Even assuming you think the government should be able to decide what substances you can put in your body...how is planning to transport such substances from one foreign country to another any of our business?

  • cynical||

    Well, it might be polite to report it to the countries whose laws are being violated, but other than that, it really isn't.

  • wingnutx||

    On a positive note, that's the best comic that reason has posted in several years.

  • ||

    MORE PRISONS FOR PROFIT FOR PROHIBITION:

    One in every hundred Americans is now locked behind bars and one adult in 31 is under “correctional” supervision. As the prison population is growing faster than the government can build prisons, private companies see an opportunity for profit.

    The US government's outsources prisons and prisoners to the private sector. It is therefor in the interest of this sector to forcibly stand in the way of any criminal justice reform that would cut into their revenue, even if this results in sacrificing public safety or citizens rights.

    Here's a transcript of a 2008 PBS special:

    http://www.pbs.org/now/shows/419/transcript.html

    Though the average citizen does not know it, they very likely invest in the Prison-Industrial-Complex through the purchase of stock in the more than 2000 mutual funds in operation, as these derive at least some of their profits from inmate labor or prison construction. Companies such as Disney, General Electric, American Express, TWA, and Microsoft all make a portion of their profits from this industry

    http://www.hawaii.edu/hivandai.....ipline.pdf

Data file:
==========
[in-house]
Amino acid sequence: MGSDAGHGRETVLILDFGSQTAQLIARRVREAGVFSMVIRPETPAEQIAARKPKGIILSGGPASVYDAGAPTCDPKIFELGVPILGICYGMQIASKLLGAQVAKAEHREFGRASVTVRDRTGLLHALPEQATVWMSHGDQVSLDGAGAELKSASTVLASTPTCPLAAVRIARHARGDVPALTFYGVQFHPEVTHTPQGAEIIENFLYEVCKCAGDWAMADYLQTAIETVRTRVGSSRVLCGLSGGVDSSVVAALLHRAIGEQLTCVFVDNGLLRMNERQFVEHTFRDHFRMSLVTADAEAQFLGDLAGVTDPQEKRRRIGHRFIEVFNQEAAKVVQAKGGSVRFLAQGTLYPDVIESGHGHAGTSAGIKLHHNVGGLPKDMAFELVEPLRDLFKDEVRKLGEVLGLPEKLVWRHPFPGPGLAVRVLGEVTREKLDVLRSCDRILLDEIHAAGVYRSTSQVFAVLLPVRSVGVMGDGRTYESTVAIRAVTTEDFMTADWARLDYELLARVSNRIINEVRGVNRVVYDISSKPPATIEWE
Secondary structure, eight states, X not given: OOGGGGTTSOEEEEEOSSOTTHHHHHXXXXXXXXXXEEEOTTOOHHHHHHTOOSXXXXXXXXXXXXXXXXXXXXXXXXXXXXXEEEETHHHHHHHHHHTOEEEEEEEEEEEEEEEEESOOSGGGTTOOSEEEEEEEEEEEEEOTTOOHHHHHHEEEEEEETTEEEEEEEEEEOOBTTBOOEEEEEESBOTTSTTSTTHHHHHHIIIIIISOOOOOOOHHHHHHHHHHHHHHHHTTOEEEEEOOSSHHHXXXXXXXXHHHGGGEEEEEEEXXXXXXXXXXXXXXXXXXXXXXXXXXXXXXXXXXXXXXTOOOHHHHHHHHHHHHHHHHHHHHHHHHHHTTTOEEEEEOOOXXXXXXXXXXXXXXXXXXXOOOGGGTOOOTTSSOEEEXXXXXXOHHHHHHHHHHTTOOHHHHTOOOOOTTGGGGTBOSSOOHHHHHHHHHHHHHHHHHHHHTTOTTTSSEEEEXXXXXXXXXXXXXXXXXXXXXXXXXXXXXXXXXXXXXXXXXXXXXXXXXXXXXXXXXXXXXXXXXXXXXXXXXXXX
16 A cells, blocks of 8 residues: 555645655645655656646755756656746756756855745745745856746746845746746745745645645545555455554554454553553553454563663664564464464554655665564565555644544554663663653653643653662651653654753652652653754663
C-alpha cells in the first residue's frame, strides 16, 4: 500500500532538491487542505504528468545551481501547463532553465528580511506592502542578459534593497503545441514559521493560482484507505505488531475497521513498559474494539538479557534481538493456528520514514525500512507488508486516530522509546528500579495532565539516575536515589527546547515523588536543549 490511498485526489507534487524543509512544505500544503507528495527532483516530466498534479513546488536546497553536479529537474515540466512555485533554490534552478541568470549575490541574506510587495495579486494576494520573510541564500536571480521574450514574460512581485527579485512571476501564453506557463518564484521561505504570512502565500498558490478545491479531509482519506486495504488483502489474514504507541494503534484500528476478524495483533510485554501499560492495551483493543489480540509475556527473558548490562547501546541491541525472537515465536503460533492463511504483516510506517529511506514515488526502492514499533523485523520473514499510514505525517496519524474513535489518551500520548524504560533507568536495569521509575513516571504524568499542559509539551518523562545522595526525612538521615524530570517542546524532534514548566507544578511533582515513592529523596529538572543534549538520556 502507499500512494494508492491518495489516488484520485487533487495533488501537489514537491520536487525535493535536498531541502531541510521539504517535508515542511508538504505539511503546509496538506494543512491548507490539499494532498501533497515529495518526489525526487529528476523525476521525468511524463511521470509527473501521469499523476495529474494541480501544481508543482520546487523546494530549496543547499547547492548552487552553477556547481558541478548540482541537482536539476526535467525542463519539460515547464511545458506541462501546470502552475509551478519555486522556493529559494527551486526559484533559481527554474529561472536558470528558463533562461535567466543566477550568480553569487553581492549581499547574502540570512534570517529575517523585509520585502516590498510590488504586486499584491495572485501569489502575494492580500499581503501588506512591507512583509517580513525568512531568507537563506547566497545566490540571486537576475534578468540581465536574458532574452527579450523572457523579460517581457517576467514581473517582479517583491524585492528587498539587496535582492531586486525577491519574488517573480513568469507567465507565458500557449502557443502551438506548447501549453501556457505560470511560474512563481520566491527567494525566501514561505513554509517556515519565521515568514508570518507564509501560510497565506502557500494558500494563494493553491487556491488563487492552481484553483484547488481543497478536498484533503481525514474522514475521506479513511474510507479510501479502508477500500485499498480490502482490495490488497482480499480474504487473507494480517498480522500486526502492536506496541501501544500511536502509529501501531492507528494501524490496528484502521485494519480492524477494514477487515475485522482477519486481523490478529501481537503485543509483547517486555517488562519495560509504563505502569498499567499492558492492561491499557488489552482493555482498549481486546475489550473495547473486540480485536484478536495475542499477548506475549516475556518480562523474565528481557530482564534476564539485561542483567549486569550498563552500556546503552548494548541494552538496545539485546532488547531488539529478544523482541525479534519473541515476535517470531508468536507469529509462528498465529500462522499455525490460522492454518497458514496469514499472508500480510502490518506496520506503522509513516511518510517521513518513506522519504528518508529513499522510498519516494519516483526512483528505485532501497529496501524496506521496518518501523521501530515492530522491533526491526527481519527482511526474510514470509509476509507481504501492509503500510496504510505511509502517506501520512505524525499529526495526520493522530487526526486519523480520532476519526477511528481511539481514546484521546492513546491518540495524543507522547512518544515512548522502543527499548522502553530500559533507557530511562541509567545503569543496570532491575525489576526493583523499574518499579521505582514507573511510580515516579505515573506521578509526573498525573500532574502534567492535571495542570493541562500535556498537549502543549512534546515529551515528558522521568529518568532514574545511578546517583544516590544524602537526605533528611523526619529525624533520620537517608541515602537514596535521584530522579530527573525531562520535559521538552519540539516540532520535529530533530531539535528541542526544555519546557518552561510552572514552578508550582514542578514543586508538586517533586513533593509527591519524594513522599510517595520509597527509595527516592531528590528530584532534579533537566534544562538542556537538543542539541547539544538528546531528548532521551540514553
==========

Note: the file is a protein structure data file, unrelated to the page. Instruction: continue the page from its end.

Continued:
The following link will show you the very close relationship between Prohibition and the Prison-Industrial-Complex:

    http://www.hermes-press.com/prisons_drugs.htm

    The fact is, prison-for-profit prohibitionists don't care! They don't care that, historically, the prohibition of any mind altering substance has never succeeded. They don't care that America has the highest percentage of it's citizens incarcerated of any country in the history of the planet. They don't care about spawning far worse conditions than those they claim to be alleviating. These despotic imbeciles are actually quite happy to create as much mayhem as possible. After all, it's what fills their prisons and gets them elected.

    Here's what the UK Economist Magazine thinks of us: "Never in the civilised world have so many been locked up for so little" http://www.economist.com/node/16636027

  • ||

    I wondered what all the commotion was about. But just remember, U.S. citizens CAN ALREADY be prosecuted by the government for crimes they commit outside of the U.S. border.

  • ||

    So as much as you think there is more tolerance to drug use, or a move towards it, whether you personally think tolerance should be heeded, it seems the bigger issue at hand is the heavy weight of the law which going forward will be keeping tabs on your goings on no matter where you are in the world.

    http://scallywagandvagabond.co.....tle-bitch/